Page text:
Opting-In To Your Life

A little over a year ago, our city was devastated by Hurricane Harvey.

Our house wasn’t flooded, but 4,000 homes in a 5-mile radius of us were. We stayed and rode out the storm, we housed friends that lost power, picked up friends who got evacuated from their homes by boat, and did whatever we could to help. Once the water receded, the clean up and relief efforts were in full swing.

At the time, I had a 5 year old, 3 year old, and 18 month old. Due to the ages and sheer volume of my kids, I didn’t think there was anything I could do with the relief efforts. I couldn’t help gut a house when I had my 18 month old with me.

My husband, Clint, was going to be busy mucking houses and spearheading relief efforts for the foreseeable future. I decided I was going to drive to Kansas City to my parent’s house for a week or so with the kids so we would be “out of the way.” I packed our suitcases and was prepared to leave the next morning.

But then I saw a text message on my husband’s phone. It was from one of our friends and it said, “It would be helpful to have childcare so more adults could help.”

I started thinking about what providing childcare would look like. I talked it through with my friend, Whitney, that was living at our house during the storm.

At that moment I decided, I’m staying here and doing this.

I sent a text message to the nursery director at our church, Jane, and asked if we could open the church nursery the next day for people that were flooded or were assisting with relief efforts. Jane had just gotten off the phone with her daughter who had asked her if she was going to do that exact thing. Truly, the Lord had this whole thing planned out way before we did.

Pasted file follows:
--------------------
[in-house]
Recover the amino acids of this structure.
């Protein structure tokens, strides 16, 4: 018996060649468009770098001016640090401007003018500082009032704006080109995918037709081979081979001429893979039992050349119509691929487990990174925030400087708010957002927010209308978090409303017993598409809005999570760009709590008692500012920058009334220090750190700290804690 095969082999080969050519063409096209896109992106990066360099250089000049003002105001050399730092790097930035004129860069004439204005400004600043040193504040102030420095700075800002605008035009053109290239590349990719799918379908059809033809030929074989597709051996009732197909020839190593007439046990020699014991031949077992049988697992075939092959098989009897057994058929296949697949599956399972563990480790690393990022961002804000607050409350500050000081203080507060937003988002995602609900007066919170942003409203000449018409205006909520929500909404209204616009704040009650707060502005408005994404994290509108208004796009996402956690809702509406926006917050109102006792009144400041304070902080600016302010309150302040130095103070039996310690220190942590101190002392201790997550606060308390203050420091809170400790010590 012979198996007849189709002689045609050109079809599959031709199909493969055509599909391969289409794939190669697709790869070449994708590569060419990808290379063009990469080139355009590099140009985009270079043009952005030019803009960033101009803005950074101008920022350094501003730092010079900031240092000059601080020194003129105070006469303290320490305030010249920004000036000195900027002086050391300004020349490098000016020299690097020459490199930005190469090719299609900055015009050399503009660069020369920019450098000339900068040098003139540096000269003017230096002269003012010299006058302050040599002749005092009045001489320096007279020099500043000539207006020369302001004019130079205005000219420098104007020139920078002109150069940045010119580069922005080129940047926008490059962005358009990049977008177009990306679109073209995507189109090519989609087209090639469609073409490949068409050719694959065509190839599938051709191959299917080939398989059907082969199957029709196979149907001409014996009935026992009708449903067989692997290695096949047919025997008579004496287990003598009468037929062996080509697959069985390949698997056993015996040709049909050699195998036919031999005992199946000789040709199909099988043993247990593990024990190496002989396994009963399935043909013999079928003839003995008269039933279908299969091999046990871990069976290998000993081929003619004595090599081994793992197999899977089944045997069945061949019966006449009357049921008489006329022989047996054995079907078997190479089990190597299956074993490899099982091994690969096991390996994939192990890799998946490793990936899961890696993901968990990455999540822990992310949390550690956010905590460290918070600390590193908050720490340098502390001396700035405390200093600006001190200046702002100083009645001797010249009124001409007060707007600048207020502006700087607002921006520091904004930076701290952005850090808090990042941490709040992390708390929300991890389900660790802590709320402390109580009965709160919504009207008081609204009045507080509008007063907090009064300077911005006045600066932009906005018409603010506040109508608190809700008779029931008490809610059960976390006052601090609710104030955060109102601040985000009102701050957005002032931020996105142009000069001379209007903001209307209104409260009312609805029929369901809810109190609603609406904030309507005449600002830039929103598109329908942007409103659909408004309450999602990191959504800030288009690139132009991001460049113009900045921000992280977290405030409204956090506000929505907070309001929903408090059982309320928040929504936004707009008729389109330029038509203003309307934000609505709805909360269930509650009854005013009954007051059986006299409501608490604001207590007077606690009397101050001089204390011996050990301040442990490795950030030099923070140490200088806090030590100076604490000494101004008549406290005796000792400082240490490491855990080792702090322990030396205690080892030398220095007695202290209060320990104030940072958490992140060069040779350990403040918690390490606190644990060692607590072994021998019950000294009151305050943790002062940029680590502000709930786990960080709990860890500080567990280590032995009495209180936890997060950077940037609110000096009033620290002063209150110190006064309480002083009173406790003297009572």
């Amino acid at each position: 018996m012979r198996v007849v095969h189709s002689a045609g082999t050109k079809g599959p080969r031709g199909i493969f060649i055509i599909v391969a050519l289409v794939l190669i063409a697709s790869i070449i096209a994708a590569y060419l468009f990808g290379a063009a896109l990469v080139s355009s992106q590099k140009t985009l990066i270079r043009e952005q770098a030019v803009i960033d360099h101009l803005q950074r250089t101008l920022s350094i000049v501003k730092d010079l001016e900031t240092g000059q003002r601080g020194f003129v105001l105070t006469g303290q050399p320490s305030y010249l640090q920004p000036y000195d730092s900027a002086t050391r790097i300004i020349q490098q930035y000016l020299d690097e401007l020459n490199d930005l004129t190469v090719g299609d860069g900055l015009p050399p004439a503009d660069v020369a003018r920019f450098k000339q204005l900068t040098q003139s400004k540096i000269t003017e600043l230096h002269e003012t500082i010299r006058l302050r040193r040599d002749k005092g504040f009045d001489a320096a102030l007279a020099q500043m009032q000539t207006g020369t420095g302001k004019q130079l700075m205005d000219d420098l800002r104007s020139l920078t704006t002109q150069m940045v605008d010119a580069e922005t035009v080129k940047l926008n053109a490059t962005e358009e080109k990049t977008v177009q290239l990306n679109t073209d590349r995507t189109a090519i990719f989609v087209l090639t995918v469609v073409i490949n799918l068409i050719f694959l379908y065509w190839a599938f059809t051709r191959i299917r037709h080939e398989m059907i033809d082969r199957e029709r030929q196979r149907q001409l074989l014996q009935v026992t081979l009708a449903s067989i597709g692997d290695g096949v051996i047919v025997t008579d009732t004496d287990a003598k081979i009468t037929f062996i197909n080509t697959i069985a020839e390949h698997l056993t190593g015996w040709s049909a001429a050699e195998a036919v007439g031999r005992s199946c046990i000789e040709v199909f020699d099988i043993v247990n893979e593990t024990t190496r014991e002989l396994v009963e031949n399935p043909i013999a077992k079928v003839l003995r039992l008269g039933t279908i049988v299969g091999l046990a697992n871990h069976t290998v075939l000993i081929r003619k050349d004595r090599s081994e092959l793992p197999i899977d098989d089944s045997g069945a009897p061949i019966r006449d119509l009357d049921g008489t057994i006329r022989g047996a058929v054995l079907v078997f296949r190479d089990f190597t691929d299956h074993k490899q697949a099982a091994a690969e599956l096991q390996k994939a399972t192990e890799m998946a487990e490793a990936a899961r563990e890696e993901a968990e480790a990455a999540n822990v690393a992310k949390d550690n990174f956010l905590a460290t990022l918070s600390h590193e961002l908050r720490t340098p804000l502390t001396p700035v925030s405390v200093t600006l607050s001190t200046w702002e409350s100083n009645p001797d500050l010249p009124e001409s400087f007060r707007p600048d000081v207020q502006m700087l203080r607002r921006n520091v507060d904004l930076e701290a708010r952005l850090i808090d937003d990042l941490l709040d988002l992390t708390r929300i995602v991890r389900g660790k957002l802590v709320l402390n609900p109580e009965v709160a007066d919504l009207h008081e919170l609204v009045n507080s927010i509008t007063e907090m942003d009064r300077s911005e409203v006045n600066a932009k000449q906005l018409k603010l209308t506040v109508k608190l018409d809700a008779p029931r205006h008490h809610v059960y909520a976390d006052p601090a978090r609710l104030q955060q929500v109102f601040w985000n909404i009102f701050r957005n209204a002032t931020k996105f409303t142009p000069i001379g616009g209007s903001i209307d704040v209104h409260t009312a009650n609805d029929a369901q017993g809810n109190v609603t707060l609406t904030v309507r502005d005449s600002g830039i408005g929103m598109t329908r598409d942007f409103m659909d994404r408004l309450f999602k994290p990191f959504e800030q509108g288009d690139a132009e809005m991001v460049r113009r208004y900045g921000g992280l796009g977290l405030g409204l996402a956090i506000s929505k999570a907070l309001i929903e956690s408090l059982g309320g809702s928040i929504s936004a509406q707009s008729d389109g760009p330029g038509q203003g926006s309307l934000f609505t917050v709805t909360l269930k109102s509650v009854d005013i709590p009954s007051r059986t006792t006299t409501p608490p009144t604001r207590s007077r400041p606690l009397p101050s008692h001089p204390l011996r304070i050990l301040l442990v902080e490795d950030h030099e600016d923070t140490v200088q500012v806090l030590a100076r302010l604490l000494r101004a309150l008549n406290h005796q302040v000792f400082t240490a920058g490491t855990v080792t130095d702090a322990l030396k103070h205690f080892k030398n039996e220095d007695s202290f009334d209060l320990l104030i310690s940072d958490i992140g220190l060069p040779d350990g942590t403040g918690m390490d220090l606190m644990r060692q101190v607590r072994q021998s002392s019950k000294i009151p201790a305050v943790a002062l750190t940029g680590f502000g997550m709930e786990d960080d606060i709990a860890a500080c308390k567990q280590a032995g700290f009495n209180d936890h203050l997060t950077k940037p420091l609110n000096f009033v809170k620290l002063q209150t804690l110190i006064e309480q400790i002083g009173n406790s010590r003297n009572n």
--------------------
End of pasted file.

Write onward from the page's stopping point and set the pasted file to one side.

So we did it. We opened up childcare to our community, served over 500 kids and had over 100 volunteers over a 5 day span. We even had an impromptu fire alarm at nap time on the day we had 195 children.

Hands down, it was one of the most impactful, exhausting, and meaningful weeks I’ve been apart of.

Every night I walked past my packed suitcases on my bedroom floor and was thankful I stayed.

I was fully prepared to do the thing that made the most sense, the easiest option. I had to choose to live into the purpose that was right in front of me.

When you have young kids, the excuses to not do things outside your four walls are plentiful. Babies are hard. It’s exhausting, draining, and at times can feel all-consuming.

So as a result, we opt-out of our own lives. 

We watch Netflix instead of talking with our spouse at the end of a long day.

We say no to every social gathering.

We say no to every service opportunity.

We have another drink to destress.

We tells ourselves that “it’s just not my time to make a difference.”

We avoid hard conversations because keeping the peace is easier than broaching difficult subjects.

We take the easiest option presented to us, every time.

Opting-in to our lives requires us to do things that are hard.

The hardest things in life are the ones that shape us the most.

So say yes to things that sound hard, require more coordination, sound crazy on paper…because most likely, those are the things that are going to change you.

Opting-in is always worth it.

All too often we think our purpose is going to come eventually or worse, we think we don’t have one.

We can’t live a life that we don’t have, so live the one you do fully.

The hard lesson I’ve learned is that my purpose is exactly where I’m at, with who I’m with, with what’s in front of me. If we spend our lives waiting for some grandiose calling instead of pressing into the life that we are in, then what’s the point?

The life stage you’re in? The place you’re in? The people in front of you?

It’s what you’re called to at the moment, so opt-in to your own life.


7 Reasons you should work at Summer Camp.

The College years are a selfish time.

It’s all about you. Your schedule. Your major. Your classes. You. For 4(ish) years the only thing people are going to ask you about is you.

But they don’t have to be.